Public Lecture Explores ‘Infopolitics’ of U.S. and Eritrea
Democracy, digital media, and ‘infopolitics’ in the United States and Eritrea was on the agenda at a public lecture at Georgetown University in Qatar (GU-Q), where visiting scholar and author Professor Victoria Bernal discussed her latest research.
An anthropology professor at University of California, Irvine, Bernal focused on how politics are influenced by struggles over the management of information (or ‘infopolitics’) in the digital age. The examples of the U.S. and Eritrea were used to highlight the ways that contemporary struggles for democracy and threats to democracy are deeply entwined with digital media.
The talk was inspired by the scholar’s long-term investigation into how Eritrean politics manifest online, as well as her most recent work on digital surveillance, cybersecurity, and privacy in relation to the U.S. security state. The lecture was held on Monday, February 13 at 6:00 p.m. at GU-Q’s Education City campus.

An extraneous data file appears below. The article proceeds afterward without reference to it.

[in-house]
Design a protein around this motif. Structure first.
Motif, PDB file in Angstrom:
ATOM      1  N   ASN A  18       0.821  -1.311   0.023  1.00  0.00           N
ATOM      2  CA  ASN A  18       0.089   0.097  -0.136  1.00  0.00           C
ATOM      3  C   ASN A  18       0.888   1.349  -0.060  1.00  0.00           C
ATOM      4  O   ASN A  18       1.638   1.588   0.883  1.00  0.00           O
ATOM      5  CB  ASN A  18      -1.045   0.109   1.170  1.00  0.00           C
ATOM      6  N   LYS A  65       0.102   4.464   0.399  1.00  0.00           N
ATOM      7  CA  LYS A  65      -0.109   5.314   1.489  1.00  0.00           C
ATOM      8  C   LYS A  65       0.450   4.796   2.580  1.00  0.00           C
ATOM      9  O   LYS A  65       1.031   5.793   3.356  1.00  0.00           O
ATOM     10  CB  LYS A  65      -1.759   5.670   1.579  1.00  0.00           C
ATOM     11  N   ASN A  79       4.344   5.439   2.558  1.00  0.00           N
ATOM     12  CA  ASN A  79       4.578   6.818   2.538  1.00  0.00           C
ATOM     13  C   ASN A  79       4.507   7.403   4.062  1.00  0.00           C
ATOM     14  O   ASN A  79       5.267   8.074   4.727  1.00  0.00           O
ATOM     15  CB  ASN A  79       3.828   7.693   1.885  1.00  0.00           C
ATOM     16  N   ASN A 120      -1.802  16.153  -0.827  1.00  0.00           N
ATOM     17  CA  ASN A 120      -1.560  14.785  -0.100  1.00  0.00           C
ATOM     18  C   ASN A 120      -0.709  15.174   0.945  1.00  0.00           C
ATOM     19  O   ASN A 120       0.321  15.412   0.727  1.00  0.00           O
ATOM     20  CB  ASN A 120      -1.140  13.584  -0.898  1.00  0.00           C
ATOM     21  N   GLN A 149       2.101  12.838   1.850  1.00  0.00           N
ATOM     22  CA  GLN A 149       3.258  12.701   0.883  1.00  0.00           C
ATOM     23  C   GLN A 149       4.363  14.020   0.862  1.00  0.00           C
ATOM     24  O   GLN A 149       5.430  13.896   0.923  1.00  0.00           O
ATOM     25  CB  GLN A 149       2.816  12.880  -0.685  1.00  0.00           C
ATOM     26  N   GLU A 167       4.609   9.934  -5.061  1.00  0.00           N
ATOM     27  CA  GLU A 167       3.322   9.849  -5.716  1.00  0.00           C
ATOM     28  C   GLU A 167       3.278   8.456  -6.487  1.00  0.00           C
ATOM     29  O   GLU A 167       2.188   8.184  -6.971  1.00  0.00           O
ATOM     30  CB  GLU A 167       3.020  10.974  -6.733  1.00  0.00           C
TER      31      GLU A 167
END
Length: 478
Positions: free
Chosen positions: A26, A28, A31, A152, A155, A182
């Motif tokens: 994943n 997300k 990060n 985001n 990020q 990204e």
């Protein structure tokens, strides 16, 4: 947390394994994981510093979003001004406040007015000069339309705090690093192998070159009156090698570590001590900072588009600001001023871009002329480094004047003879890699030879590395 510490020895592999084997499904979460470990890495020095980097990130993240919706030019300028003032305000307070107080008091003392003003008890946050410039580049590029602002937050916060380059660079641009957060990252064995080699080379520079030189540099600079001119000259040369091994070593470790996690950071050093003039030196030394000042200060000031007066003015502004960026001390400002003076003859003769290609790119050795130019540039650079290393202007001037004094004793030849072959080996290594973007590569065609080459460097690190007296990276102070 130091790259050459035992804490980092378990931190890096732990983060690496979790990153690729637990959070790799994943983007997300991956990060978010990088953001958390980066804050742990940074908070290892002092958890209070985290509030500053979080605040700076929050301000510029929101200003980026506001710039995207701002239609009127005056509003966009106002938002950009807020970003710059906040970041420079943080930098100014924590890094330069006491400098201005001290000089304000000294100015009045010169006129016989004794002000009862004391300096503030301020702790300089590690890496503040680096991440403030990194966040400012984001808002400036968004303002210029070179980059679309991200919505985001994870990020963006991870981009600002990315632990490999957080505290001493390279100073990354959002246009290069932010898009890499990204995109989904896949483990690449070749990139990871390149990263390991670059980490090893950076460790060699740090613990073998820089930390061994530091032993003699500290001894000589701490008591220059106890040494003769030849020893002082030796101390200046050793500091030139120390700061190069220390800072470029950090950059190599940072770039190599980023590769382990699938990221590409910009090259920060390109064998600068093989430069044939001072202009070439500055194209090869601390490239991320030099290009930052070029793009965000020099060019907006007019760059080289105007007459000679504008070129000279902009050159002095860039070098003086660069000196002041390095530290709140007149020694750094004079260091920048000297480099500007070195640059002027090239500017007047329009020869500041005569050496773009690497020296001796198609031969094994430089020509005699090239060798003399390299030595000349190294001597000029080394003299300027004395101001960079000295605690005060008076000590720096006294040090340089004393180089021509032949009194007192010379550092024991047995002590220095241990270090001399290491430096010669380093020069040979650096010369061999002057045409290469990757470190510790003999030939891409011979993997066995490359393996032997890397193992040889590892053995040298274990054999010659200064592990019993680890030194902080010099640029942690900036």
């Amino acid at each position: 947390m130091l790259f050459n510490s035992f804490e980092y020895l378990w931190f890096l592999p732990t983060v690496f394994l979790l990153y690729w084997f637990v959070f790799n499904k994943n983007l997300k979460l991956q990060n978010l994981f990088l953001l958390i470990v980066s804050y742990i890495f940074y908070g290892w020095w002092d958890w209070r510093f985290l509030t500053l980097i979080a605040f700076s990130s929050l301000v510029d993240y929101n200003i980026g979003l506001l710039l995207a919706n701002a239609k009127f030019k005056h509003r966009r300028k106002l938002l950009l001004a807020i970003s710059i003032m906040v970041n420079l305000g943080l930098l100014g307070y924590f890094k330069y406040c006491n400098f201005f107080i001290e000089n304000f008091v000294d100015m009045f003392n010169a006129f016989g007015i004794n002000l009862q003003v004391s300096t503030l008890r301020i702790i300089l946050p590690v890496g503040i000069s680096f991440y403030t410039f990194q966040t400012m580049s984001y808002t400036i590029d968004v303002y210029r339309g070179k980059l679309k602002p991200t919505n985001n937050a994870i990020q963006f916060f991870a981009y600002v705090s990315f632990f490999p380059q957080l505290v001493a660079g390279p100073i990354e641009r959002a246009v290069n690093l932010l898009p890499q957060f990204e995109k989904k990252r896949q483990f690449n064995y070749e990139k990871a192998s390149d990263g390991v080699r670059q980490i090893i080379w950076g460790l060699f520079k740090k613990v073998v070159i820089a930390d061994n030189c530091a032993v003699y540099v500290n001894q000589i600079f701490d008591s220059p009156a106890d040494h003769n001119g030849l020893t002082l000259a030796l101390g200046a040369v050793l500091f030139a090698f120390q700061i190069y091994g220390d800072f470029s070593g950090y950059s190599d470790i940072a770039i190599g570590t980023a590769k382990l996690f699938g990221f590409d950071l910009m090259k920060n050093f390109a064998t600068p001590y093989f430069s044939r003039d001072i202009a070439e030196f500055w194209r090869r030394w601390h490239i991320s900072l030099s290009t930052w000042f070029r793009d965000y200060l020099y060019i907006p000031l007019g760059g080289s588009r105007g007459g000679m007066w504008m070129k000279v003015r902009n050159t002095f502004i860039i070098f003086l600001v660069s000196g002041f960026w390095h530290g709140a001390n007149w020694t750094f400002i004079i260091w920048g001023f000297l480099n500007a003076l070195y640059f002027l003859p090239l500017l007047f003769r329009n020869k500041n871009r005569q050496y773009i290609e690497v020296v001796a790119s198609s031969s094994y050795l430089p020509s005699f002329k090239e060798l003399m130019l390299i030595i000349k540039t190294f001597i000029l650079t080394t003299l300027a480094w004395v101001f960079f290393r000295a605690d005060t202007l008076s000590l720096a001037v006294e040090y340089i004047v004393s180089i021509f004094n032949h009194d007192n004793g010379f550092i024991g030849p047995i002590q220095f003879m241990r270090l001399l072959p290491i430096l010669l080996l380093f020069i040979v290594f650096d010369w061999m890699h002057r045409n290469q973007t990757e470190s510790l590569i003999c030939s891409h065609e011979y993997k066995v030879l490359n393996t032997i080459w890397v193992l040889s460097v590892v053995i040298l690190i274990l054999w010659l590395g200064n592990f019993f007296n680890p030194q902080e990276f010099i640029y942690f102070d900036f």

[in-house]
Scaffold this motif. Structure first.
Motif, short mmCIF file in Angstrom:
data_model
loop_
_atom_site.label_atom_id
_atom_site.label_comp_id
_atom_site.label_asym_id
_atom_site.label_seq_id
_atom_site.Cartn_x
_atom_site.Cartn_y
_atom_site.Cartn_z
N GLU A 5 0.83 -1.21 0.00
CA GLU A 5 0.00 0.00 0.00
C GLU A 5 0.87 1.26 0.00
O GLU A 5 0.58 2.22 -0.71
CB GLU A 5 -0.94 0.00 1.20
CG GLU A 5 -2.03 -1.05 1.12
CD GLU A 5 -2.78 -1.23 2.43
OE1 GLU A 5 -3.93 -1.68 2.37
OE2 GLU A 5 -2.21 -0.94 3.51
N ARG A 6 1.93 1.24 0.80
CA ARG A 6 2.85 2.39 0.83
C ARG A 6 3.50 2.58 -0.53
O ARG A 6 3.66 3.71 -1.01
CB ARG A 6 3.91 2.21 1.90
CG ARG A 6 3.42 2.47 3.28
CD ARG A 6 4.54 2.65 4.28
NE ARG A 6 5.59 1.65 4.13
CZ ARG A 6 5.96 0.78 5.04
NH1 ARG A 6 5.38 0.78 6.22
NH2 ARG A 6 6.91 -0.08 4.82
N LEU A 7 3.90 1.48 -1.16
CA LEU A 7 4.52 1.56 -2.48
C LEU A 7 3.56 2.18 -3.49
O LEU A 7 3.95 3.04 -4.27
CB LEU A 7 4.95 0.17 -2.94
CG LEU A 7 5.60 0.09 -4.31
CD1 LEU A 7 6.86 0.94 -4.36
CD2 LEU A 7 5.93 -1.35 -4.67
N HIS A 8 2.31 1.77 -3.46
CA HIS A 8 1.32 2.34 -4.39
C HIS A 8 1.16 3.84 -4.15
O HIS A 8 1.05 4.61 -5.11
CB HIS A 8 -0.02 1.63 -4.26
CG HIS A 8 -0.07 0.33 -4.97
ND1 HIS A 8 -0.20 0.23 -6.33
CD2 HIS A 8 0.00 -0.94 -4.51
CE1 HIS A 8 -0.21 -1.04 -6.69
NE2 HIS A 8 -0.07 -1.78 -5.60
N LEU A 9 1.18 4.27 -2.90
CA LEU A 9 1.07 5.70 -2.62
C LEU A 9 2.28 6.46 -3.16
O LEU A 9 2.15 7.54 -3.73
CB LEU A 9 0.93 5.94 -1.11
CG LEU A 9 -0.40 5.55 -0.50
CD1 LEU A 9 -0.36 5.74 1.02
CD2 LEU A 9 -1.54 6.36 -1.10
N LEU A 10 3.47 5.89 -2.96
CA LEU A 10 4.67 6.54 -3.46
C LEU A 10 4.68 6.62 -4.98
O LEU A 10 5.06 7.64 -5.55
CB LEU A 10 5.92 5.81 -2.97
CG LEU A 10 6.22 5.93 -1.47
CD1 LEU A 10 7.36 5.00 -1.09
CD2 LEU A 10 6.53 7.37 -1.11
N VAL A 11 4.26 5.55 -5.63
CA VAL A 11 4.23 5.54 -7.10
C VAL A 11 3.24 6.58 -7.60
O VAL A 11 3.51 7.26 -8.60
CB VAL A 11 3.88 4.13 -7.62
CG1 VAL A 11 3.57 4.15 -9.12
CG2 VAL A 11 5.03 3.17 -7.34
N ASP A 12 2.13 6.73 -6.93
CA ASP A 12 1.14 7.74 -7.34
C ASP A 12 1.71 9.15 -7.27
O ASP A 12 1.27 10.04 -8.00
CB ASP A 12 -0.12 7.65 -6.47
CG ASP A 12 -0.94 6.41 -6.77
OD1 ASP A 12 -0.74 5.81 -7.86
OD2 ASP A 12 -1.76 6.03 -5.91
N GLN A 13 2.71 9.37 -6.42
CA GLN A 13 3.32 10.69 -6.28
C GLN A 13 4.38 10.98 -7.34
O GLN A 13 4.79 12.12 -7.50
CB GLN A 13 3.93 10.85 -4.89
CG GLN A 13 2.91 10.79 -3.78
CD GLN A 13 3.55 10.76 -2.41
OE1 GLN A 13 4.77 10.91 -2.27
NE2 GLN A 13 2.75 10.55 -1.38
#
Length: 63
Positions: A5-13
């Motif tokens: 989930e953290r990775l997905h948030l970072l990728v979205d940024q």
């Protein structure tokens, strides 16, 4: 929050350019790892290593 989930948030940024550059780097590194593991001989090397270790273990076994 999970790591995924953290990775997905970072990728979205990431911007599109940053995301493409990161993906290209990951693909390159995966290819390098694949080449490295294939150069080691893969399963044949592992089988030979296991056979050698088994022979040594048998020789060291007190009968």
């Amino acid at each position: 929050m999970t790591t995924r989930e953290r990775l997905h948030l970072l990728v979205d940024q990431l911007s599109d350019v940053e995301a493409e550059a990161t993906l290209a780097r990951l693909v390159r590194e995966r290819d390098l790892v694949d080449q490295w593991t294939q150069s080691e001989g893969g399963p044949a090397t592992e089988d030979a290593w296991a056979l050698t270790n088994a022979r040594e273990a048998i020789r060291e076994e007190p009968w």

“I have had a long career focused on Africa. Eritrea is an exciting case because its liberation struggle is so recent and the problems of governance and rights have unfolded in surprising ways,” said Bernal. “Working on how Eritreans in diaspora use the internet to engage in national politics and circumvent a repressive state sparked my wider interest in digital media and politics. When WikiLeaks and then the Snowden revelations came along, I felt that, as an American citizen, I should bring insights I have from studying Eritrea's surveillance state to critically examine issues of digital media and democracy in my own country.”
Bernal, who holds a Ph.D. from Northwestern University, has a research background focusing on topics ranging from politics to gender, migration and diaspora, war, civil society and activism, and digital media. Her most recent book, Nation as Network: Diaspora, Cyberspace and Citizenship, focuses on how the internet transforming the relationships between citizens and states.